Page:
Sheila W. Chauvin, M.Ed., Ph.D., Director of the Office of Medical Education Research and Development at LSU Health Sciences Center in New Orleans, has been awarded a half million dollar grant to evaluate the influence of simulation on enhancing teamwork and a culture of patient safety in the operating room environment. The project was funded by the US Department of Health and Human Services' Agency for Healthcare Research and Quality. Dr. Chauvin's project takes interdisciplinary team training to the actual hospital leaders and staff to enhance teamwork and patient safety in the surgical setting.
"This project builds upon our previous developments in the Isidore J. Cohn, Jr. Student Learning Center targeting teaching and assessment with high fidelity patient simulation," notes Dr. Chauvin. "Specifically, we will be evaluating a highly innovative training model that combines realistic mannequin-based simulation and patient scenarios and a mobile mock operating room with interdisciplinary teams at their own hospital site. Dr. John Paige, Assistant Professor of Surgery, and Dr. Valeriy Kozmenko, Assistant Professor of Anesthesiology, have contributed substantially to this innovative training model. Based on our review of the field, our LSUHSC team appears to be the first to accomplish this unique combination of teamwork and patient safety training strategies."
The Institute of Medicine estimated that medical errors are the eighth leading cause of death among Americans. Medical simulation involves scenarios in which real-life medical situations are re-created so that health care providers can practice new procedures and techniques before performing them on patients and potentially placing them at risk. "Equally important, this project will focus on examining the process of change and improvement and how the transfer of training to everyday practice is influenced by individual and organizational features within the actual hospital setting," says Chauvin. "By focusing on both the process and outcomes of training effectiveness, there will be potential for making sense of how successful and long-lasting change can be achieved."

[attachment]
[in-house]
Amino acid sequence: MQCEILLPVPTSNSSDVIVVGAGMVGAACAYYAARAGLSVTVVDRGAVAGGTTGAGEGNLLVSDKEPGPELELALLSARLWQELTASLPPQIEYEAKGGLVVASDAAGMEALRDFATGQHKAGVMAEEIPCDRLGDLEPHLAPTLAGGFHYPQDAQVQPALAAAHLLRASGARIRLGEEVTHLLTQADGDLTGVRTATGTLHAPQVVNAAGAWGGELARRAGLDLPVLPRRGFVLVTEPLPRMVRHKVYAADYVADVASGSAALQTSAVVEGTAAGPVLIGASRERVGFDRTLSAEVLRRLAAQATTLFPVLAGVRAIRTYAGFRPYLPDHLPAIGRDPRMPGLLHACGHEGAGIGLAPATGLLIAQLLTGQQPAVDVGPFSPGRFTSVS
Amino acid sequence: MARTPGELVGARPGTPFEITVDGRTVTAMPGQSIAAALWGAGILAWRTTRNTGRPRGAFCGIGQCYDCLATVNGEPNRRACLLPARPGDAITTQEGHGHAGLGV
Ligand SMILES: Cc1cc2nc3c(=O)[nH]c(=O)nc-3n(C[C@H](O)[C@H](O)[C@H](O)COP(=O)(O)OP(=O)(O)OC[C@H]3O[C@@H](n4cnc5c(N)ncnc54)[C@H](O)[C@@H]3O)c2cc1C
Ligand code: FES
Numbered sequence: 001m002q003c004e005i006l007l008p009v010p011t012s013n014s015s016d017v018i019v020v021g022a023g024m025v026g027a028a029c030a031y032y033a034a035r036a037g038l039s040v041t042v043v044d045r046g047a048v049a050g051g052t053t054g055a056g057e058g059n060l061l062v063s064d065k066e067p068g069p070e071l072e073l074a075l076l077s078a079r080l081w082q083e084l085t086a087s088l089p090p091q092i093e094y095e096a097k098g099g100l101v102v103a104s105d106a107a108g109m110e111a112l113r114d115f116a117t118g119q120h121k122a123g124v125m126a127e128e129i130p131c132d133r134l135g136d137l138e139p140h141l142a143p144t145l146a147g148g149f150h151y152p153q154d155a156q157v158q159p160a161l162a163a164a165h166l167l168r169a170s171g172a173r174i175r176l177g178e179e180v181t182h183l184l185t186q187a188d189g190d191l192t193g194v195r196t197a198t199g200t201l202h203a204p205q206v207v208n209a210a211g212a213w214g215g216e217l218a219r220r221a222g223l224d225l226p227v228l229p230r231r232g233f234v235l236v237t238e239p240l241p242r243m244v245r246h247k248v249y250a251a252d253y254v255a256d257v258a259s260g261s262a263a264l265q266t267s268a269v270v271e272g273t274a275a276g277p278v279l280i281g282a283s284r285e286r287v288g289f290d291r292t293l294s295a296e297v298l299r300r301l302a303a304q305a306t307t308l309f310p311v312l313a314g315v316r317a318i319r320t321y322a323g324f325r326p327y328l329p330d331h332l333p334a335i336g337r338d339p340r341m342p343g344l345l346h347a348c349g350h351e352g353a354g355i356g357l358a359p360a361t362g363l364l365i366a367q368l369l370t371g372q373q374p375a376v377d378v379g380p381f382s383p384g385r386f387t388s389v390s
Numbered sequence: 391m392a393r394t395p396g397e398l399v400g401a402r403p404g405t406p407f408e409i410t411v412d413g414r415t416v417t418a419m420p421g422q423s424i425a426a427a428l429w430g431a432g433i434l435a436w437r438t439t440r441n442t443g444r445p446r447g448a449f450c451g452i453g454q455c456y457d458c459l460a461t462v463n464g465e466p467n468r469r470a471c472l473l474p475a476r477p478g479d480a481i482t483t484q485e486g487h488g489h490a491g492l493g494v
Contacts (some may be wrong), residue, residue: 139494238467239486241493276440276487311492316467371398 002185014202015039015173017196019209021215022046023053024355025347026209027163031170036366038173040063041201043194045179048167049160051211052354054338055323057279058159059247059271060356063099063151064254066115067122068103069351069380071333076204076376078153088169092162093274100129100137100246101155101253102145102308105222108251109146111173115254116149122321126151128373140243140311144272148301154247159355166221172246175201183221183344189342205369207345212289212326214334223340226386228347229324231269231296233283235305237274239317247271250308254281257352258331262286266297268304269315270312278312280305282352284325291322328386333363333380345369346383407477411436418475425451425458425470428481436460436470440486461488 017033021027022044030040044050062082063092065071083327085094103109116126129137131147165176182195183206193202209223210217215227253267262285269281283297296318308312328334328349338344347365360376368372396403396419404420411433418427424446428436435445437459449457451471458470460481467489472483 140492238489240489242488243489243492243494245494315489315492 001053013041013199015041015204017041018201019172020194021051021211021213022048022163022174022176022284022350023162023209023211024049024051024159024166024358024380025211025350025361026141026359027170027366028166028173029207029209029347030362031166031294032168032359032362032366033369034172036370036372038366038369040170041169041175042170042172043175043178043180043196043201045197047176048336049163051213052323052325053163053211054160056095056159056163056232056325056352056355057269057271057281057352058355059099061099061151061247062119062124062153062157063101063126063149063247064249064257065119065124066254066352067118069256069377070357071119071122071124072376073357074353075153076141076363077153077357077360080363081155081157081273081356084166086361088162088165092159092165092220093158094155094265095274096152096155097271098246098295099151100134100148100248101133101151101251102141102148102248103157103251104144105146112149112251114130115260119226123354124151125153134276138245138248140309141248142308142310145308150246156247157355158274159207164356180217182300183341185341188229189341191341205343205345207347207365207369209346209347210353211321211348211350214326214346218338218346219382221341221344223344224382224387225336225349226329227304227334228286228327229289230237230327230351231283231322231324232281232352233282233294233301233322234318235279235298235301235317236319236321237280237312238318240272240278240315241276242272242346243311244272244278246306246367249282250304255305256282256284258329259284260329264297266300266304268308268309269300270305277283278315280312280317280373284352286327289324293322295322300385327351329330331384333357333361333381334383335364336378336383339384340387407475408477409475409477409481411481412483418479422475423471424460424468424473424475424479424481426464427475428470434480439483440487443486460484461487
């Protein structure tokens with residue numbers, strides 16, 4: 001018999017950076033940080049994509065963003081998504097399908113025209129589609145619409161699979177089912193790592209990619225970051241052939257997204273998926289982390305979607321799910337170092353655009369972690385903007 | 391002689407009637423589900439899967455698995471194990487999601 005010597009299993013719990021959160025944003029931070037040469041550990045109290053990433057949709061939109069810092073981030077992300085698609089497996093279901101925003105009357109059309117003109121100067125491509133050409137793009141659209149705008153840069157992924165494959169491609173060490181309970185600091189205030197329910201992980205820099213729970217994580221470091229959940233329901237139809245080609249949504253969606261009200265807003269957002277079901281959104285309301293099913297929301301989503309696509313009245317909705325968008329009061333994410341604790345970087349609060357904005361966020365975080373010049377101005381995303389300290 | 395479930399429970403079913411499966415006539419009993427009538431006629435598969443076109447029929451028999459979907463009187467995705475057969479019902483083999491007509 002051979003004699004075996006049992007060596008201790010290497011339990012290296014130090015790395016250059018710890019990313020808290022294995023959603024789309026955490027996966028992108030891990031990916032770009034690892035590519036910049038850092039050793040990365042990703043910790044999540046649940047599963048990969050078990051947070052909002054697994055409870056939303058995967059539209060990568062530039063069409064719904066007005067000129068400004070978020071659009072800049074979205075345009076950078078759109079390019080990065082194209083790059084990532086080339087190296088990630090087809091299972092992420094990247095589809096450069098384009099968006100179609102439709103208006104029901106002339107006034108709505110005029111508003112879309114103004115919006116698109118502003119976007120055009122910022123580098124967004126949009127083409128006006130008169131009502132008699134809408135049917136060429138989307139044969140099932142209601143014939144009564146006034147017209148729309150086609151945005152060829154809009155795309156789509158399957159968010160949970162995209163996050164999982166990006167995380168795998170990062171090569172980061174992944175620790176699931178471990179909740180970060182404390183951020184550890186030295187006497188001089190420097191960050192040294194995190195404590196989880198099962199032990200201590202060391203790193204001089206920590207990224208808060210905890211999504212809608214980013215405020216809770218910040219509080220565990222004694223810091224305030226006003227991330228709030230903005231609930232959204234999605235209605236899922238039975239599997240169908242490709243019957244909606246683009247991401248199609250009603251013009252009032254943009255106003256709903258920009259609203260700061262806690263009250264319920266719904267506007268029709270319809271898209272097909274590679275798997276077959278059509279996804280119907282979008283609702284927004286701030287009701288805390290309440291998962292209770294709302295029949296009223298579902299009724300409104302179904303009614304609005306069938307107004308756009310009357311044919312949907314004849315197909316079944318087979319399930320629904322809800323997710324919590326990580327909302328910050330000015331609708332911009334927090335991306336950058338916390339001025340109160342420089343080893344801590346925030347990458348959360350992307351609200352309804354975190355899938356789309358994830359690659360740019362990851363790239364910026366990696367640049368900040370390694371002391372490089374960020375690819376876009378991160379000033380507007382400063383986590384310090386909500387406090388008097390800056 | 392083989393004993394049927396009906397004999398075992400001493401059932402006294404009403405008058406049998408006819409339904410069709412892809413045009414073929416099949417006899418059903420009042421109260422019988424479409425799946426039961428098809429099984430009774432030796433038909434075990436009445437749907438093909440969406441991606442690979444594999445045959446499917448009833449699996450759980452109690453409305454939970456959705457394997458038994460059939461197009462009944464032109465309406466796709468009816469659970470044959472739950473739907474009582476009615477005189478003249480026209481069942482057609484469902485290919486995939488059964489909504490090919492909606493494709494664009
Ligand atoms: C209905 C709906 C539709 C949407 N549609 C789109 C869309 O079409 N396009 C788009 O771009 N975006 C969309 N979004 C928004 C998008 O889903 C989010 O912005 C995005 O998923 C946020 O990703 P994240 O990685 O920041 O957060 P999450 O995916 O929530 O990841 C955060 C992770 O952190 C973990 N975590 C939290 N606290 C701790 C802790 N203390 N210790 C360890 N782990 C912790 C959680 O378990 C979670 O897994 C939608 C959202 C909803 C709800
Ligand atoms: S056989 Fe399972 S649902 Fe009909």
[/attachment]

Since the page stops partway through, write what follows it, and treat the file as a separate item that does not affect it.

The Isidore Cohn, Jr. Learning Center was located on the first floor of a building on LSU Health Sciences Center at New Orleans' campus. This new-era education and training facility was lost to the flooding following Hurricane Katrina. The LSU Medical Alumni Association is working with corporate partners and seeking donors to rebuild the uniquely configured and expanded Center.
As LSU Health Sciences Center at New Orleans rebuilds its nationally recognized virtual learning center, it is using software developed by LSUHSC physicians that significantly improves the realism and the teaching capability of the METI human patient simulators. These next-generation simulators are already in use teaching LSUHSC medical students and residents.
Through its innovative use of technology, development of improvements to that technology, and unparalleled training initiative, LSU Health Sciences Center in New Orleans' School of Medicine is recovering its position as a national leader in virtual medical education and patient safety training.
Last reviewed: By John M. Grohol, Psy.D. on 21 Feb 2009
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